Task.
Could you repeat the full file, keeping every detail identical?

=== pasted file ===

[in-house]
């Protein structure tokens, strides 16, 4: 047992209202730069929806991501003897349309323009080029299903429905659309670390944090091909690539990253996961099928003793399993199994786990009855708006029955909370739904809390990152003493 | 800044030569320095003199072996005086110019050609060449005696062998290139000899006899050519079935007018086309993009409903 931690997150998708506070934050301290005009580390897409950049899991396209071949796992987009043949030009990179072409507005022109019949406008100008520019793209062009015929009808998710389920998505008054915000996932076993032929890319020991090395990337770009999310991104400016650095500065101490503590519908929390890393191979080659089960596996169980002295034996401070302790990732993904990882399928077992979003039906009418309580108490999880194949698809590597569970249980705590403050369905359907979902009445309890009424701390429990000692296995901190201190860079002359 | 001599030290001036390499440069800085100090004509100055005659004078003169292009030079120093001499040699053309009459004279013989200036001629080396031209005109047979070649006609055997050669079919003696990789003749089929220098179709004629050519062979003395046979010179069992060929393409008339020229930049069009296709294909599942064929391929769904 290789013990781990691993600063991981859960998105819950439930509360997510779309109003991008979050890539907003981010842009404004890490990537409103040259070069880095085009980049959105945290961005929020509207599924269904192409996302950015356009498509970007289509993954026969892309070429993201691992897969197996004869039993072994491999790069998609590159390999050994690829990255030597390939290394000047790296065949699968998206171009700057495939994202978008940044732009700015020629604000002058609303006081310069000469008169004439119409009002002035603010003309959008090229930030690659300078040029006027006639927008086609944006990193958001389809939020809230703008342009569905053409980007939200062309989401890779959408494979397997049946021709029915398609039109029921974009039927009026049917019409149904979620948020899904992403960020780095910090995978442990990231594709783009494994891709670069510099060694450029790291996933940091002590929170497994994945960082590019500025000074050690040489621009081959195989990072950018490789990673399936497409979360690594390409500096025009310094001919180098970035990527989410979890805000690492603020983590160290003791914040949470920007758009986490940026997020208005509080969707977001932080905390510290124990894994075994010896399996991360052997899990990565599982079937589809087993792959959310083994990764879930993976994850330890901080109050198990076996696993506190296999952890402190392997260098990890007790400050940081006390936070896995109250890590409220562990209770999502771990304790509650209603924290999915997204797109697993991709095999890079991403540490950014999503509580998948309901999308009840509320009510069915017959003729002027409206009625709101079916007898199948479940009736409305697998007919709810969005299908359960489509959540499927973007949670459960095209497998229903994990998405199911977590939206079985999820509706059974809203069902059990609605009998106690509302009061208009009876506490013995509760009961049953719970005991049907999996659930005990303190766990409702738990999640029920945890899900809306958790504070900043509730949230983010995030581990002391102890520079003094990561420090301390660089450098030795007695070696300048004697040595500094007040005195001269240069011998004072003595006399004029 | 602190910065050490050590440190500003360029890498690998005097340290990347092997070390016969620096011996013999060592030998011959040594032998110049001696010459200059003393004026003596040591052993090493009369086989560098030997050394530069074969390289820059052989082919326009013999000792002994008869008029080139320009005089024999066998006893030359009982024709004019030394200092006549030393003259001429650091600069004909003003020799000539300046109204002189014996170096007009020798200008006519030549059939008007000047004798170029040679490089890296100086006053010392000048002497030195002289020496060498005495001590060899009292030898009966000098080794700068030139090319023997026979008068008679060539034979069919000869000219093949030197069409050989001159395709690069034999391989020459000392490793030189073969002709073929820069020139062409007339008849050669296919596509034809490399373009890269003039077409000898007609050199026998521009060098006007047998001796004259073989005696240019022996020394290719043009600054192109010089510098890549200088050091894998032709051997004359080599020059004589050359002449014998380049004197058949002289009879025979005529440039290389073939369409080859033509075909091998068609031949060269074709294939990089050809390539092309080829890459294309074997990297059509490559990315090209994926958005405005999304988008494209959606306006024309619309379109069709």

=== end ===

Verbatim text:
[in-house]
């Protein structure tokens, strides 16, 4: 047992209202730069929806991501003897349309323009080029299903429905659309670390944090091909690539990253996961099928003793399993199994786990009855708006029955909370739904809390990152003493 | 800044030569320095003199072996005086110019050609060449005696062998290139000899006899050519079935007018086309993009409903 931690997150998708506070934050301290005009580390897409950049899991396209071949796992987009043949030009990179072409507005022109019949406008100008520019793209062009015929009808998710389920998505008054915000996932076993032929890319020991090395990337770009999310991104400016650095500065101490503590519908929390890393191979080659089960596996169980002295034996401070302790990732993904990882399928077992979003039906009418309580108490999880194949698809590597569970249980705590403050369905359907979902009445309890009424701390429990000692296995901190201190860079002359 | 001599030290001036390499440069800085100090004509100055005659004078003169292009030079120093001499040699053309009459004279013989200036001629080396031209005109047979070649006609055997050669079919003696990789003749089929220098179709004629050519062979003395046979010179069992060929393409008339020229930049069009296709294909599942064929391929769904 290789013990781990691993600063991981859960998105819950439930509360997510779309109003991008979050890539907003981010842009404004890490990537409103040259070069880095085009980049959105945290961005929020509207599924269904192409996302950015356009498509970007289509993954026969892309070429993201691992897969197996004869039993072994491999790069998609590159390999050994690829990255030597390939290394000047790296065949699968998206171009700057495939994202978008940044732009700015020629604000002058609303006081310069000469008169004439119409009002002035603010003309959008090229930030690659300078040029006027006639927008086609944006990193958001389809939020809230703008342009569905053409980007939200062309989401890779959408494979397997049946021709029915398609039109029921974009039927009026049917019409149904979620948020899904992403960020780095910090995978442990990231594709783009494994891709670069510099060694450029790291996933940091002590929170497994994945960082590019500025000074050690040489621009081959195989990072950018490789990673399936497409979360690594390409500096025009310094001919180098970035990527989410979890805000690492603020983590160290003791914040949470920007758009986490940026997020208005509080969707977001932080905390510290124990894994075994010896399996991360052997899990990565599982079937589809087993792959959310083994990764879930993976994850330890901080109050198990076996696993506190296999952890402190392997260098990890007790400050940081006390936070896995109250890590409220562990209770999502771990304790509650209603924290999915997204797109697993991709095999890079991403540490950014999503509580998948309901999308009840509320009510069915017959003729002027409206009625709101079916007898199948479940009736409305697998007919709810969005299908359960489509959540499927973007949670459960095209497998229903994990998405199911977590939206079985999820509706059974809203069902059990609605009998106690509302009061208009009876506490013995509760009961049953719970005991049907999996659930005990303190766990409702738990999640029920945890899900809306958790504070900043509730949230983010995030581990002391102890520079003094990561420090301390660089450098030795007695070696300048004697040595500094007040005195001269240069011998004072003595006399004029 | 602190910065050490050590440190500003360029890498690998005097340290990347092997070390016969620096011996013999060592030998011959040594032998110049001696010459200059003393004026003596040591052993090493009369086989560098030997050394530069074969390289820059052989082919326009013999000792002994008869008029080139320009005089024999066998006893030359009982024709004019030394200092006549030393003259001429650091600069004909003003020799000539300046109204002189014996170096007009020798200008006519030549059939008007000047004798170029040679490089890296100086006053010392000048002497030195002289020496060498005495001590060899009292030898009966000098080794700068030139090319023997026979008068008679060539034979069919000869000219093949030197069409050989001159395709690069034999391989020459000392490793030189073969002709073929820069020139062409007339008849050669296919596509034809490399373009890269003039077409000898007609050199026998521009060098006007047998001796004259073989005696240019022996020394290719043009600054192109010089510098890549200088050091894998032709051997004359080599020059004589050359002449014998380049004197058949002289009879025979005529440039290389073939369409080859033509075909091998068609031949060269074709294939990089050809390539092309080829890459294309074997990297059509490559990315090209994926958005405005999304988008494209959606306006024309619309379109069709």